Stop Talking about Education and Start Doing

Delaware Lt. Governor Matt Denn released a report recognizing the wide variance in administrative costs among school districts in the state. Dr. Tony Marchio, superintendent of the Appoquinimink school district, has labeled this data “misleading and deceptive” based upon a report from the Center for American Progress (“Return on Education Investment”). This discussion is simply continuing to spin the wheels rather than putting the vehicle in gear.

Data from the National Center for Education Statistics has long shown Delaware to be first in the nation in administrative overhead spending per public school student (most recently reported by the Caesar Rodney Institute last year). The excellent and comprehensive LEAD report on Delaware public education by the Boston Consulting Group demonstrated that after exempting public schools from the state’s prevailing wage, the largest area where money could readily be saved in Delaware public education would be through consolidation and scale benefits in administration and central support.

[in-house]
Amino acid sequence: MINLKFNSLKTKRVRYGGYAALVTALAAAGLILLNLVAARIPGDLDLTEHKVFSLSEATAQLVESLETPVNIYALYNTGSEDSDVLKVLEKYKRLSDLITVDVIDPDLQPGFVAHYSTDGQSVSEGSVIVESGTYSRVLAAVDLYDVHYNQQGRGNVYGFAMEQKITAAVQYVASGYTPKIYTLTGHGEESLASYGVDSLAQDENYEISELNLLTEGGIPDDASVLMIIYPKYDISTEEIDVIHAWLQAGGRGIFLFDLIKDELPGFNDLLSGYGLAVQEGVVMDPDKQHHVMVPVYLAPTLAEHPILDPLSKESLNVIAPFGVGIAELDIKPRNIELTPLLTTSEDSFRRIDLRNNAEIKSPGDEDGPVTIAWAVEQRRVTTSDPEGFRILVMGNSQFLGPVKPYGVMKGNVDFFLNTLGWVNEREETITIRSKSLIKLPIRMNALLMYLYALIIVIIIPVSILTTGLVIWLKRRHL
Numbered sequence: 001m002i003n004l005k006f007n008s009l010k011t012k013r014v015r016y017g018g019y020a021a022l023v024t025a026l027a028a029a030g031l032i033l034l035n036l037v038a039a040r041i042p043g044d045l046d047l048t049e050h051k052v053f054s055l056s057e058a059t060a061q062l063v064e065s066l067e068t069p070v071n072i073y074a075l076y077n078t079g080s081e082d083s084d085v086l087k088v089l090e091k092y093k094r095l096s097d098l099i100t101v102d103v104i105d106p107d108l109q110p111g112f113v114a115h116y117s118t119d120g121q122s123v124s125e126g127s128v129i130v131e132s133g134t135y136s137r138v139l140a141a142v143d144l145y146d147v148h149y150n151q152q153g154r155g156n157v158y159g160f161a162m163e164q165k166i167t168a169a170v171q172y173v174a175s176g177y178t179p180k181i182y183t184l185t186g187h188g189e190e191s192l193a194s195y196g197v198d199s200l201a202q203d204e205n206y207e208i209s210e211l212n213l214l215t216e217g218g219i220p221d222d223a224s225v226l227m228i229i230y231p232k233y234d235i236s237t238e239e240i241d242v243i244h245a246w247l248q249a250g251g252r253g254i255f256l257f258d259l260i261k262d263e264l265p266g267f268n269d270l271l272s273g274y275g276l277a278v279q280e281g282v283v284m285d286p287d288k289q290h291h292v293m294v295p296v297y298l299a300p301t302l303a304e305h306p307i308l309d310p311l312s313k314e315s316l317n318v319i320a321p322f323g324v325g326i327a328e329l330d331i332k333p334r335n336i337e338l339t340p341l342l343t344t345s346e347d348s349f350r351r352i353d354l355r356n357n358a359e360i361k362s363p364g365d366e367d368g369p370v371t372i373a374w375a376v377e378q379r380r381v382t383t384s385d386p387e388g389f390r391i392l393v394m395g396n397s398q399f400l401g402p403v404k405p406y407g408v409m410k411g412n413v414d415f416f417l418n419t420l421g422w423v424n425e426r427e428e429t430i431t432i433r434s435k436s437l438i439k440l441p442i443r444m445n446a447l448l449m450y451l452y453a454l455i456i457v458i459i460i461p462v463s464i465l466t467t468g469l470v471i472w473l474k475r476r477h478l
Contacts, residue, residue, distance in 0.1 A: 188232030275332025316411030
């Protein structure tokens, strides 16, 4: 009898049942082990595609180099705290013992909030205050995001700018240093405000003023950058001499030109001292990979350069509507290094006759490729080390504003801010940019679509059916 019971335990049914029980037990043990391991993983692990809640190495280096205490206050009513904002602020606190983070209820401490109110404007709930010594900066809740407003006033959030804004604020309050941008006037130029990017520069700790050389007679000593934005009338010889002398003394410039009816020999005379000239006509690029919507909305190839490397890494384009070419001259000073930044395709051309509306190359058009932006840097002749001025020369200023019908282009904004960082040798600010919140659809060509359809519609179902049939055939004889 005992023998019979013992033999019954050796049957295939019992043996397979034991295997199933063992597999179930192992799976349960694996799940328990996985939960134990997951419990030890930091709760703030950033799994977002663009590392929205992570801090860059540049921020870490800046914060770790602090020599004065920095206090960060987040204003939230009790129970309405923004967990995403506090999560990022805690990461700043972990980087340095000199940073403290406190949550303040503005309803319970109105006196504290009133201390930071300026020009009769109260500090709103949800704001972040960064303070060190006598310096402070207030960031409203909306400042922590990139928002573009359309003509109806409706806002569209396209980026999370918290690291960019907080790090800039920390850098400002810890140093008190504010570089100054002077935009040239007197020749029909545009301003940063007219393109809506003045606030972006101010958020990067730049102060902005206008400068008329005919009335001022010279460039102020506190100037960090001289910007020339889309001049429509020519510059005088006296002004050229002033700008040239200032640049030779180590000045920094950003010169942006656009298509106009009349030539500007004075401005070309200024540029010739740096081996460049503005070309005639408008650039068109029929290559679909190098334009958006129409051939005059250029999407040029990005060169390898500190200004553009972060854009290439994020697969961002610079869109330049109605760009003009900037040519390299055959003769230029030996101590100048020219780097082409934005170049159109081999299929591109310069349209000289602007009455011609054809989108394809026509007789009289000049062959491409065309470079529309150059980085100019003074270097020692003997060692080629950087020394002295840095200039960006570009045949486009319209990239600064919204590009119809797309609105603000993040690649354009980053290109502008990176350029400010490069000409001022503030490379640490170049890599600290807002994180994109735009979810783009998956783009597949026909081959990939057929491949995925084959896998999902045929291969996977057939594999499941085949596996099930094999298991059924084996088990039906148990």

The CAP report cited by Dr. Marchio concludes, among other things, that “the nation’s least-productive districts spend more on administration” and that “without controls on how additional school dollars are spent, more education spending will not automatically improve student outcomes.” The report acknowledges that there is no research literature that shows a positive and statistically significant relationship between school performance and spending per pupil.

As an example of effective administrative spending, Dr. Marchio also mentions Appoquinimink’s early childhood centers. While such centers may benefit already advanced youngsters, the summary research on programs such as Head Start shows clearly that the positive effectives of early education unfortunately dissipate by the end of first grade.

The Caesar Rodney Institute welcomes the Lt. Governor’s efforts to redirect scarce public education funds from administrative overhead back into the classroom.

Dr. John E. Stapleford, Director
Center for Economic Policy and Analysis

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